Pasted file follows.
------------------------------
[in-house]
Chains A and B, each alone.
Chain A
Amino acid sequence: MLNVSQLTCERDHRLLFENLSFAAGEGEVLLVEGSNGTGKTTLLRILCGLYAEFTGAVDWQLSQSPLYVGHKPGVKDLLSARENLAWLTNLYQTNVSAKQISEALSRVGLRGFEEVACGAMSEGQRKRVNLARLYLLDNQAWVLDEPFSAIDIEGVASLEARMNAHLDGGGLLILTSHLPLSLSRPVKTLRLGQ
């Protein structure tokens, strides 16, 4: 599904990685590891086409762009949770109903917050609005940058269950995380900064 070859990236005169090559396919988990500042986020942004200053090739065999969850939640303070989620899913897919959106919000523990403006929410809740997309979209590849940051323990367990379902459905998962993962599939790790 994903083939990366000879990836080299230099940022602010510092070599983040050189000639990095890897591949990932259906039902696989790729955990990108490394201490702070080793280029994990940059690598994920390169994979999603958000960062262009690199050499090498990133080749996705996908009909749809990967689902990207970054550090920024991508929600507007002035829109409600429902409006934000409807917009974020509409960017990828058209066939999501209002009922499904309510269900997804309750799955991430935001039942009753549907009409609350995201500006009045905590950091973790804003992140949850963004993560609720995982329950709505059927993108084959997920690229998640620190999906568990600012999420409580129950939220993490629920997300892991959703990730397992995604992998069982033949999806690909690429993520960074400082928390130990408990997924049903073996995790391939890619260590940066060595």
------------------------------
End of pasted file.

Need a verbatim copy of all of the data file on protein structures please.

[in-house]
Chains A and B, each alone.
Chain A
Amino acid sequence: MLNVSQLTCERDHRLLFENLSFAAGEGEVLLVEGSNGTGKTTLLRILCGLYAEFTGAVDWQLSQSPLYVGHKPGVKDLLSARENLAWLTNLYQTNVSAKQISEALSRVGLRGFEEVACGAMSEGQRKRVNLARLYLLDNQAWVLDEPFSAIDIEGVASLEARMNAHLDGGGLLILTSHLPLSLSRPVKTLRLGQ
């Protein structure tokens, strides 16, 4: 599904990685590891086409762009949770109903917050609005940058269950995380900064 070859990236005169090559396919988990500042986020942004200053090739065999969850939640303070989620899913897919959106919000523990403006929410809740997309979209590849940051323990367990379902459905998962993962599939790790 994903083939990366000879990836080299230099940022602010510092070599983040050189000639990095890897591949990932259906039902696989790729955990990108490394201490702070080793280029994990940059690598994920390169994979999603958000960062262009690199050499090498990133080749996705996908009909749809990967689902990207970054550090920024991508929600507007002035829109409600429902409006934000409807917009974020509409960017990828058209066939999501209002009922499904309510269900997804309750799955991430935001039942009753549907009409609350995201500006009045905590950091973790804003992140949850963004993560609720995982329950709505059927993108084959997920690229998640620190999906568990600012999420409580129950939220993490629920997300892991959703990730397992995604992998069982033949999806690909690429993520960074400082928390130990408990997924049903073996995790391939890619260590940066060595």